Public discourse around the many applications of big data has generally revolved around its uses in the private sector, whether this be to better advertise to consumers or increasing operational efficiency. However, there is one area that has hitherto been neglected, and it's an area with the potential to do substantial social good - the nonprofit sector.
In recent years, nonprofits have made great strides towards collecting and exploiting data, finding ever more innovative ways to help solve some of the worlds oldest problems. However, impactful data projects are not cheap. In order to join the big data revolution that has proven so beneficial in other areas, many nonprofits rely on open data. Fortunately, there is also motivation to share such data.
One nonprofit leading the way in open data is the World Bank. We spoke to Eric Anderson, a senior disaster risk manager and ICT specialist with the World Bank, about how open data was helping the organization bring relief to millions and help achieve its ultimate goal of ending world poverty.
How important is open data for disaster management?
Oh, super important! One of the biggest challenges during an emergency is that you simply don't have the time to clean up, organize, and begin the data discovery process. Having the data already open means it's more user-friendly - easier to discover, easier to access, and easier to use and reuse. This means you don't have to worry about issues regarding licensing or permissions. So I think open data as a philosophy and as a standard has really helped accelerate that data problem during emergencies.
Have you seen more organizations making their data open in recent years? Is there more that people could be doing?
In international development, I think recognition has increased that the underlying data of risk assessments, damage maps, and other products like this which deal with a lot of data, should, as much as possible, be made open. I think the World Bank, certainly many UN agencies, and governments are beginning to treat these input datasets as public goods themselves. It is a little bit of a tricky situation because many of these datasets are expensive to collect and maintain and there's a lot of data gaps. So I think one area that needs improvement is making government data available openly where it has a humanitarian case.
Do commercial obligations hold back open data?
I think that's really the forefront of the challenge - figuring out the business model for maintaining datasets. On one hand, there's a good case that some datasets should be viewed as public goods that should be freely and openly available. But on the other hand, someone has to pay to collect and to maintain it.
You find it with mapping data in particular elevation models or constant time series data, like weather data. I don't think anyone's really cracked it yet as there are different ways forward, but there is certainly a business model and a strategy that has to be built around the data.
How is technology helping you?
I think technology is driving a real demand for full raw data. You know, there are more devices connected to the internet now than people, so they are more likely to interact with datasets from their mobile phone than by downloading a PDF of a website. If you think about day to day activities, things like looking up navigation or looking for the next train, you look it up on your phone, you're not going to download and print out an itinerary or schedule. That's really provoking agencies to make the underlying dataset machine readable and define standards API's for different applications.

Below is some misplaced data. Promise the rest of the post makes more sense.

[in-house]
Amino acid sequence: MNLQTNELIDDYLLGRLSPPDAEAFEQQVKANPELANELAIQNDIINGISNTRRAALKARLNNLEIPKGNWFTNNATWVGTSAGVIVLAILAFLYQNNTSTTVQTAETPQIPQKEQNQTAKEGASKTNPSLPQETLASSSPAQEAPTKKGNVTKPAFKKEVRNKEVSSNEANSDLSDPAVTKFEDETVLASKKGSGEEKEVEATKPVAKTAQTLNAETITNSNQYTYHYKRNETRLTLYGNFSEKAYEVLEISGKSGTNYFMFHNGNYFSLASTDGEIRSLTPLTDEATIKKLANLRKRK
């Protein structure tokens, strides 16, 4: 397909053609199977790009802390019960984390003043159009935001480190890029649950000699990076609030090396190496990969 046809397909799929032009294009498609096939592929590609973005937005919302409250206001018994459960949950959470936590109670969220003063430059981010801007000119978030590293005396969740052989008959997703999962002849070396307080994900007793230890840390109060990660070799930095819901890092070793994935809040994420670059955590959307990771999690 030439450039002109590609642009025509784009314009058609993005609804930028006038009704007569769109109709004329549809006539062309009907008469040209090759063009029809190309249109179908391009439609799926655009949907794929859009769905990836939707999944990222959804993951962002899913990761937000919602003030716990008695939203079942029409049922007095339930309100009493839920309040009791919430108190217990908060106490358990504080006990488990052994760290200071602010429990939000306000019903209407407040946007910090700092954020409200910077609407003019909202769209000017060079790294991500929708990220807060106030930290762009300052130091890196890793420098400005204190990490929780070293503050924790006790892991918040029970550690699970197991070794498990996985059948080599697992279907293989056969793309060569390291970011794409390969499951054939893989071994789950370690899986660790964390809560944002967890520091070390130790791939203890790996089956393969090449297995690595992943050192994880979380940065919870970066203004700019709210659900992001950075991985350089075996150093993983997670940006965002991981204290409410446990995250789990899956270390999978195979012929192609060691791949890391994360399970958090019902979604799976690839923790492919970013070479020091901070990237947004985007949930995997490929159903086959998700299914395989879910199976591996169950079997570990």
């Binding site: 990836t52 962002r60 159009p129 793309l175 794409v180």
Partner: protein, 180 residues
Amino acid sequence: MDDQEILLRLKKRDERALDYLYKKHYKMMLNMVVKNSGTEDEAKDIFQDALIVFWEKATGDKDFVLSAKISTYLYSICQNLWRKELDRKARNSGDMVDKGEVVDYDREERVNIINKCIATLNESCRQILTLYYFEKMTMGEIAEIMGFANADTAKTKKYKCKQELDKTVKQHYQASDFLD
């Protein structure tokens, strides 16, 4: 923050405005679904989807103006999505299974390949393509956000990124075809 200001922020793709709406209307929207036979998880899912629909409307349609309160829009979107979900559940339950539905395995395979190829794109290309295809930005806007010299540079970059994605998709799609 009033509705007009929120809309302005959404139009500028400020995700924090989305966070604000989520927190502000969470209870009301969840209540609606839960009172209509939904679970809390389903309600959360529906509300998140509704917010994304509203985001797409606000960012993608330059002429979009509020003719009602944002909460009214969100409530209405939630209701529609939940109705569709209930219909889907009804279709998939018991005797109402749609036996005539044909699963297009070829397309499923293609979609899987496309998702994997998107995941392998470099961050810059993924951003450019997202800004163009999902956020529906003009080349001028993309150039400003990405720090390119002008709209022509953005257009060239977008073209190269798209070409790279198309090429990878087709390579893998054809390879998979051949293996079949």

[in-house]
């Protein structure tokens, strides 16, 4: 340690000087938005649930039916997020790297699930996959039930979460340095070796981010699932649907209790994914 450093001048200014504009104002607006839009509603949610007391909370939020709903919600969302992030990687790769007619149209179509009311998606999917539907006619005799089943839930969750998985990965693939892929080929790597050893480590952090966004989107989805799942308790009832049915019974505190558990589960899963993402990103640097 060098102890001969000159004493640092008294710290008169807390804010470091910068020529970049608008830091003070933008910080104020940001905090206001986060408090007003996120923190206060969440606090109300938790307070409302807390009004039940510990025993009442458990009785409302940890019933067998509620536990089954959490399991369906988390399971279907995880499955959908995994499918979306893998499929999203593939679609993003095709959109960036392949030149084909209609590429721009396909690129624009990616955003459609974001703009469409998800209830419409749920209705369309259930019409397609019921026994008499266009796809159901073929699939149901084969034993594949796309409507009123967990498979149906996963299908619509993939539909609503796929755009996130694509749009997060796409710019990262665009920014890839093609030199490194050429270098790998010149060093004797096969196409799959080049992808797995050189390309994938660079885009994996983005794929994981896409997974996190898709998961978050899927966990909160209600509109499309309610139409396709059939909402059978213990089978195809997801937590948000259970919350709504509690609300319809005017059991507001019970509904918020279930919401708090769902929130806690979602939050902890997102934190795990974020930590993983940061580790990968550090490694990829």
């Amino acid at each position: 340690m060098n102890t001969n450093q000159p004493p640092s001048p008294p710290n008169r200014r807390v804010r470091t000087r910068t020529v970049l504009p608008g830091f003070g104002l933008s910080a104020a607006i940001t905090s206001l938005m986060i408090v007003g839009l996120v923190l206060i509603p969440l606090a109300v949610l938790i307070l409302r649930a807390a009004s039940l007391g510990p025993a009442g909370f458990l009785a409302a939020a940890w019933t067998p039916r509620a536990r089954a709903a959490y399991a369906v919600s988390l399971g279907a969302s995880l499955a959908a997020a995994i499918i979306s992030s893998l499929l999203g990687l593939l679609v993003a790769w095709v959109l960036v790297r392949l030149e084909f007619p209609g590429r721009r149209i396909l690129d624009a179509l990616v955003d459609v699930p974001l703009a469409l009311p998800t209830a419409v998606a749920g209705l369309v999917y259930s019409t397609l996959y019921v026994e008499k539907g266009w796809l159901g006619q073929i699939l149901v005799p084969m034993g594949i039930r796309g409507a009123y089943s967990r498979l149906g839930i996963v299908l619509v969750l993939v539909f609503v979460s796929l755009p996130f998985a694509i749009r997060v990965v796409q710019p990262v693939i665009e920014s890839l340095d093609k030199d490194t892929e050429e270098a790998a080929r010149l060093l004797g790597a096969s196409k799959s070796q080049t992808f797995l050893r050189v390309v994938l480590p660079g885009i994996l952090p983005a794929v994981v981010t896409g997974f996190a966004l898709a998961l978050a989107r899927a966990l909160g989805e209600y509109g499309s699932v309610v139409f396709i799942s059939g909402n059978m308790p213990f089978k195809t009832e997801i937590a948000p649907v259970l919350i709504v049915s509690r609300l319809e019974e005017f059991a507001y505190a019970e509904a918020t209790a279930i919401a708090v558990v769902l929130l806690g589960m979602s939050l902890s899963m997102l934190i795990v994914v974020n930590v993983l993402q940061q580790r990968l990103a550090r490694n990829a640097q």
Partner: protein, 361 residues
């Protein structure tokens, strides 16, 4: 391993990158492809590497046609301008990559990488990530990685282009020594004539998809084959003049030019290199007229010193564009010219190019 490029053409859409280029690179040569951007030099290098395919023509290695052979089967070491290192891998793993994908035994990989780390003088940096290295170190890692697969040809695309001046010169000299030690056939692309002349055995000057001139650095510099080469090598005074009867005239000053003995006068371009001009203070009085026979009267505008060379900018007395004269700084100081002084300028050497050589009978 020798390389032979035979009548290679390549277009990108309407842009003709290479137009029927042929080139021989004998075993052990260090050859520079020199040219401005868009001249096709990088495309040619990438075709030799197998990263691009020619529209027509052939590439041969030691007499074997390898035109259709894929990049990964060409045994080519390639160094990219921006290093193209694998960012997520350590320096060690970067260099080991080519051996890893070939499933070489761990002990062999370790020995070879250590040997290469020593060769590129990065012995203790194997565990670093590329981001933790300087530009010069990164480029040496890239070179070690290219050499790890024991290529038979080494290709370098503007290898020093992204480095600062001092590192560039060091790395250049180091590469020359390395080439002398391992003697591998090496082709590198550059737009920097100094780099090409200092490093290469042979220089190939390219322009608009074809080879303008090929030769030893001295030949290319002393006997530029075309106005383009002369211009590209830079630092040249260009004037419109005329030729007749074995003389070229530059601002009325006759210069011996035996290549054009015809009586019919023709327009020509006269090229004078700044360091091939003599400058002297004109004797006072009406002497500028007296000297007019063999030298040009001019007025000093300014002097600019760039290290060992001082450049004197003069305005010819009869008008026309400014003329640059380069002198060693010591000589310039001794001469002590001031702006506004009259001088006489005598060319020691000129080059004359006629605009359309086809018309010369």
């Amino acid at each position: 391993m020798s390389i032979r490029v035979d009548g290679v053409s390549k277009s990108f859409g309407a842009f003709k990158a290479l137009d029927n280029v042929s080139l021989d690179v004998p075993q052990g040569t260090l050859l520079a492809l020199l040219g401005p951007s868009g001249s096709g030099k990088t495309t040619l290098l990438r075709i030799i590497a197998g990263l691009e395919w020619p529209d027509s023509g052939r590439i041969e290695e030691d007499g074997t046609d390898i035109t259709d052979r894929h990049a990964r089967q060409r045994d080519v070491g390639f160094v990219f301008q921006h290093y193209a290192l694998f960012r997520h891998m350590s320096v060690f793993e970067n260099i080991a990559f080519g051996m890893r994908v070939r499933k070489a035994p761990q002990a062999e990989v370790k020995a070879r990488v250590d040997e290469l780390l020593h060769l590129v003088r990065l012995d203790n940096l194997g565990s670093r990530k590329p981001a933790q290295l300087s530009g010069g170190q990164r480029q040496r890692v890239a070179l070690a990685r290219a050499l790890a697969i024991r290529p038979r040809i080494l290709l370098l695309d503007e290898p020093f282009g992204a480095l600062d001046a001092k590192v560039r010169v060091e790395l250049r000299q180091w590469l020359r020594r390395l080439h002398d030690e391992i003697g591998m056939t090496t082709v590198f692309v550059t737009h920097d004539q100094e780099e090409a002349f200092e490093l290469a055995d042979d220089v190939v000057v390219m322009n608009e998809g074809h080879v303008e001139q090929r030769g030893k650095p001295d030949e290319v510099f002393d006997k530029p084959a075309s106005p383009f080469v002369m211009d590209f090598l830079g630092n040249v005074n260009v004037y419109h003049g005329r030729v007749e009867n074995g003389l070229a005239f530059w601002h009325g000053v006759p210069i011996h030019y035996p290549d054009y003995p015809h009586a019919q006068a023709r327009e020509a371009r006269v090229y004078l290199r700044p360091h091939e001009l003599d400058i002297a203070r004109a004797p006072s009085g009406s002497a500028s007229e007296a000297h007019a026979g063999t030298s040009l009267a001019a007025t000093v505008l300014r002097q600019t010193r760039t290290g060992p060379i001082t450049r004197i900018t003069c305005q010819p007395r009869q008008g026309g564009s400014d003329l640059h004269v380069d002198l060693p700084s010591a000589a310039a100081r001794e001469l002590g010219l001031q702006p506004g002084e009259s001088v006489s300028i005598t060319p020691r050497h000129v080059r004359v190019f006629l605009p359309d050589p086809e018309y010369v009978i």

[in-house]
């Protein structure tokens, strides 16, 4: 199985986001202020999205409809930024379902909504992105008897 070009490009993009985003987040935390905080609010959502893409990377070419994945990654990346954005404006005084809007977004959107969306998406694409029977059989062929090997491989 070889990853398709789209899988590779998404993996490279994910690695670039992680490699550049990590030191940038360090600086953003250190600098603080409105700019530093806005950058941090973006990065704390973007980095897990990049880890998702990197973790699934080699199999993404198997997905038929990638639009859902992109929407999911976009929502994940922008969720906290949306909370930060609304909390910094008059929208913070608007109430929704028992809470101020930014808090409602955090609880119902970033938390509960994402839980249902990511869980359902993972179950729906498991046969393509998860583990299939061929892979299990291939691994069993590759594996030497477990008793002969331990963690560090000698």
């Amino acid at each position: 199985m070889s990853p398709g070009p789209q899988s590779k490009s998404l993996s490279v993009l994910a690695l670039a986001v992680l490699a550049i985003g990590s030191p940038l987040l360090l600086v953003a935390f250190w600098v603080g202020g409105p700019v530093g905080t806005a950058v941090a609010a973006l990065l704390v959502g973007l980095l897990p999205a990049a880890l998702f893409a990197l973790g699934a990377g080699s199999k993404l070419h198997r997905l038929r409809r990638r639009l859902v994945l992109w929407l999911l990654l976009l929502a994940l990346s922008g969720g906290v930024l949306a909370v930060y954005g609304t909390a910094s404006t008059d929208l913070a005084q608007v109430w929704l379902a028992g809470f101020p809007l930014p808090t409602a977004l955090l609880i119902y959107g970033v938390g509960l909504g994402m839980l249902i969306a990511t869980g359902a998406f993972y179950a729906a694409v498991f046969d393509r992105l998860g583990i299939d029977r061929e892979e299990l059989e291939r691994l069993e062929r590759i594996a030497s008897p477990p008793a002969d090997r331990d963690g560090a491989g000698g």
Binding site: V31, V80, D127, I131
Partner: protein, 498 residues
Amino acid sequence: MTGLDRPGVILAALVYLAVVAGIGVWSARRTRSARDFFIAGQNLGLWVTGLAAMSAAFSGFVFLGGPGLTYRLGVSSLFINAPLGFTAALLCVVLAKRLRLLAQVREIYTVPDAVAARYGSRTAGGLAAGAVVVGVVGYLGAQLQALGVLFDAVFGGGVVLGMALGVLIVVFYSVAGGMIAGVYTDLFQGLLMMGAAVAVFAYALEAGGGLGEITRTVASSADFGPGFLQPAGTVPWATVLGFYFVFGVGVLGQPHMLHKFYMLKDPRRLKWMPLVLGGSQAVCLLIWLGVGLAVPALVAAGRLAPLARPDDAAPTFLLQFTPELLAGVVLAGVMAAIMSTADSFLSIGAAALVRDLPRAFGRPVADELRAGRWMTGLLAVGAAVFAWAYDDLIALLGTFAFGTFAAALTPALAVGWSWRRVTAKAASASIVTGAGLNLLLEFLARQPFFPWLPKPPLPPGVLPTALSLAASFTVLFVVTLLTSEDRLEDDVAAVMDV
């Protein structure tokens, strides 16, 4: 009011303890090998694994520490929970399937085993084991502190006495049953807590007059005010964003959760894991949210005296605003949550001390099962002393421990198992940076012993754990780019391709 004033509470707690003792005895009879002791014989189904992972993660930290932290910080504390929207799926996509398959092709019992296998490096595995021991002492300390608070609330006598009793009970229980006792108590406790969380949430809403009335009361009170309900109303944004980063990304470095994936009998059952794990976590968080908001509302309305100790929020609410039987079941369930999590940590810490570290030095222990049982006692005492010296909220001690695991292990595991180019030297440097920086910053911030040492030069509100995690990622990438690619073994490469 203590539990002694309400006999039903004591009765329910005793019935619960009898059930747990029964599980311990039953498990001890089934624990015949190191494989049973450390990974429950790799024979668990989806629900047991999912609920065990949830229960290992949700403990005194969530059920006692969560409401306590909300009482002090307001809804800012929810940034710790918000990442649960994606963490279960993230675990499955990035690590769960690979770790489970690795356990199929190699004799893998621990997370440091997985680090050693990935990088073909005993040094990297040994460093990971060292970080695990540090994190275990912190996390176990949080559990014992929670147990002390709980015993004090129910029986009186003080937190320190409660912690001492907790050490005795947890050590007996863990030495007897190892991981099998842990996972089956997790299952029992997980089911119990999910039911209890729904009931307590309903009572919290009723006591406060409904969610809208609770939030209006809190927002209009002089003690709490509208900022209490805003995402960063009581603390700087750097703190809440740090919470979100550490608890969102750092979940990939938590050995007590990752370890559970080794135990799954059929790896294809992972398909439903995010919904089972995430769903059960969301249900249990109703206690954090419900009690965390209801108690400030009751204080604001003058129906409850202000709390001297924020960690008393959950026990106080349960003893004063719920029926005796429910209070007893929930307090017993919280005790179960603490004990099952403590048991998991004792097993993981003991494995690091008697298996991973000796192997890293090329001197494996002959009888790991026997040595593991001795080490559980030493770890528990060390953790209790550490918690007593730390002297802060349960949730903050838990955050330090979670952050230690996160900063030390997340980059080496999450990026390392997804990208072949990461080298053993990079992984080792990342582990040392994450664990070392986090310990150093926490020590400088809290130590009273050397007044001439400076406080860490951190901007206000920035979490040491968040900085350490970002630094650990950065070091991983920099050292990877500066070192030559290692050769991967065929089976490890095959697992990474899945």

As you mentioned, IoT devices are becoming more prevalent and making more real-time data available. What are the challenges of collecting all that data? Do you think governments are prepared for the future?
They are not just collecting it but using it. I think in the developing world, there's obviously been a shortage of resources, skills, and people. Hence, we have to try and design data services for that bandwidth-constrained environment. I mean this in many senses of the word; in terms of the human capital as well as the skills, resources, and budgets these kinds of governments have.
I think IoT can help in other areas, but in some, there may be a deluge of data that isn't being actioned. Sources that are low complexity and low cost are actually part of the innovation today. For example, with OpenStreetMap, you know you don't have to worry about hosting as there are over three million volunteer editors and a community there. If a developing country wants to engage with OpenStreetMap, it's a relatively low barrier to entry.
When we think about IoT in the developing world, we're thinking about simple sim card connected devices like weather stations, flow meters, and other kinds of datasets. However, we also consider mobile phone transactions as mobile money is actually very big in East Africa. As people buy water with their phones, they are digitizing a payment that is actually giving you a lot of by-product information. You can begin to see other rural water points working through mobile money transactions, so if there are no sales, presumably, there's no water.
This means you might be able to see the signals for drought and climate change early. When those surface waters dry up, people come to the formal water points so the number of users goes up tenfold. However, are governments really set up to see those flags and to take action on those flags? That's part of the organizational change that needs to accompany any kind of new investment in technology and data.
If you want to hear more about how data is rapidly transforming the world, attend our Big Data Innovation Summit in London, March 21-22.